Newark is getting ready to blow up this week. The city’s Open Doors Studio Tour, which is celebrating its 10th anniversary, kicks off Thursday night with a sneak preview of the exhibition Call & Response at 570 Broad Street. The four-day festival features more than 300 artists. Events include group exhibitions, site-specific installations, open studios, poetry readings, dance performances, and music.
Aljira: A Center for Contemporary Art, has a delightful summer show, titled “Interstice & Emphasis: Artists from the Aljira Collection.” The exhibition, now on view till September 24, features artwork acquired over the institution’s 27-year tenure. The work on view is neither groundbreaking nor provocative, but it is appealing and downright charming at some moments, with the overall tenor of the show being low-key. As the song goes, it’s summertime and the living is easy.
Screaming Females are one of those bands who are just that good; they have an unwavering idea about who they are and what they want to do, have worked relentlessly to get where they are and have retained their weirdo aesthetic throughout. In the past two years, the band has gained the attention of indie icons like Henry Rollins and Jay Mascis, and they have played to huge auditoriums and basements alike, sharing the stage with bands like Dinosaur Jr., Ted Leo and the Pharmacists and Yo La Tengo as well as dozens of local musicians just starting out. The band doesn’t stop at concerts either — on March 30th, Screaming Females teamed up with frontwoman Marissa Paternoster and LNY’s new art collective, called Doodle Drag, for a multimedia show at Maxwell’s in Hoboken, New Jersey.
In what almost sounds like an obituary for the Jersey City Museum, The Star Ledger is reporting the following about the ailing art institution: ” … what may be the best contemporary art collection in the state, is so strapped for cash that it can’t keep the lights on.” So, what is happening at the New Jersey art institution and what, if anything, will happen to its 10,000 piece art collection?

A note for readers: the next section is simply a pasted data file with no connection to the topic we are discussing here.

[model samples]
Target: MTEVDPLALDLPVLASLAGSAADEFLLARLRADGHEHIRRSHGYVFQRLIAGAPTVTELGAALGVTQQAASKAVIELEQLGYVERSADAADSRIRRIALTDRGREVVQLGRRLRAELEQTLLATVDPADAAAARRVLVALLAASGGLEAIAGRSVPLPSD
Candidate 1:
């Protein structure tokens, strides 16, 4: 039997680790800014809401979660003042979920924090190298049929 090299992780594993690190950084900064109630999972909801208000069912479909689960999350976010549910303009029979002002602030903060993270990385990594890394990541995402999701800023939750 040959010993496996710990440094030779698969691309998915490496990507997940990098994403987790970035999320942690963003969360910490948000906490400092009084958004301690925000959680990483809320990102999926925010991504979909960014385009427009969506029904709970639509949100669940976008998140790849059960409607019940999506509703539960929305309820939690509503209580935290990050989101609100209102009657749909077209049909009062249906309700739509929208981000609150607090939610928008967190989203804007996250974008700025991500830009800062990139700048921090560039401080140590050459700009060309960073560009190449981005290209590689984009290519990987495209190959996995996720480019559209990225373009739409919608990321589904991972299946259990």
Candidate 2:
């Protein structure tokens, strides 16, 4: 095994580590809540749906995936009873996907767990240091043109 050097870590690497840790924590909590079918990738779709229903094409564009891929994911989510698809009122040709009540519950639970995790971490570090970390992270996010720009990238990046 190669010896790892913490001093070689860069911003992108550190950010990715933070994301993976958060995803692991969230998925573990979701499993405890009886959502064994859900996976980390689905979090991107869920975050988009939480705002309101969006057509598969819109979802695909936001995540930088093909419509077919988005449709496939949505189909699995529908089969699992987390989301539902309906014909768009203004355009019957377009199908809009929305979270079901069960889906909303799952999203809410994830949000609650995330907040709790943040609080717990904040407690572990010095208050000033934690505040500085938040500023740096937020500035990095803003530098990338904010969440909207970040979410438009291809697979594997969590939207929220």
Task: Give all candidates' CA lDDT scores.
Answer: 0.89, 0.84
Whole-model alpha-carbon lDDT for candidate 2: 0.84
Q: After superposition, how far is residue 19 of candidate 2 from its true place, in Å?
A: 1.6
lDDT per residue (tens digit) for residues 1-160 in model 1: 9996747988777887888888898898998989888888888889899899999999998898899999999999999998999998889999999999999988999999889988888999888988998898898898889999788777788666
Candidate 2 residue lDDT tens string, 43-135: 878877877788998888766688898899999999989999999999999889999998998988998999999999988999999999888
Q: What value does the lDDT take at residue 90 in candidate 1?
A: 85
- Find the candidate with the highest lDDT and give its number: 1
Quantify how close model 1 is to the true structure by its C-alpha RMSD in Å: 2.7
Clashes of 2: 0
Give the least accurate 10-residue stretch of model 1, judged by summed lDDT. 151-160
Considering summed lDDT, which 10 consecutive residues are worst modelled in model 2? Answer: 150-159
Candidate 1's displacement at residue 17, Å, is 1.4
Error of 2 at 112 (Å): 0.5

I came across this wonderful story in the Hackensack Chronicle and my heart melted. Art teachers are the heart and soul of the visual arts but they often don’t get the recognition they deserve. I was happy to hear that this small group of teachers in Hackensack was recognized by the Art Educators of New Jersey for their service.
I have personally benefited immensely from great art teachers and I’ve been fortunate enough to have quite a few along the way. The one who made the biggest impression on me was Toronto painter Ron Satok, who is famous for having painted a prominent mural at the original Hockey Hall of Fame in Toronto. Incredibly, Satok is blind.
This month we add another 20 to the growing list of the Powerless 20 we published last year to mark the painful rite of passage that is Art Review’s hilarious Power 100 list.
Here’s to hoping you’re not on it!
This Thursday we would love for you to join us as Hyperallergic and friends will be heading to the Jersey City Museum’s Golden Door mini-golf course for a night of golf, beer, and hot dogs (and veggie dogs) on Thursday, July 22 (7-9:30 pm).
Assure your spot today by BUYING YOUR TICKET NOW, as tickets are selling fast and we may soon reach capacity and not be able to sell tickets at the door. Tickets are ONLY $15 and they support the Jersey City Museum directly.
Does the thought of mini-golf, beer, and wieners excite you? If the answer is yes, then join us for an awesome evening in Jersey City on Thursday, July 22 where you will have more fun with an art work than should be legally allowed.
The Golden Door is the anachronistic nickname of Jersey City, which acquired the moniker at the turn of the 20th century when it was a magnet for newly arrived Ellis Island immigrants. Today, it is the name of a new temporary mini golf course-cum-art exhibition organized by the Jersey City Museum as an innovative new summer fundraising idea that explores the idea of immigration and interactive “art.”
The Village Voice interviewed art blogger-turned-curator Olympia Lambert about her big exhibition in Paterson, New Jersey, which opens today.
Art Fag City has published an extensive report on the financial crisis facing the Jersey City Museum. She paints a grim picture of an institution that is vital to the area’s visual arts community.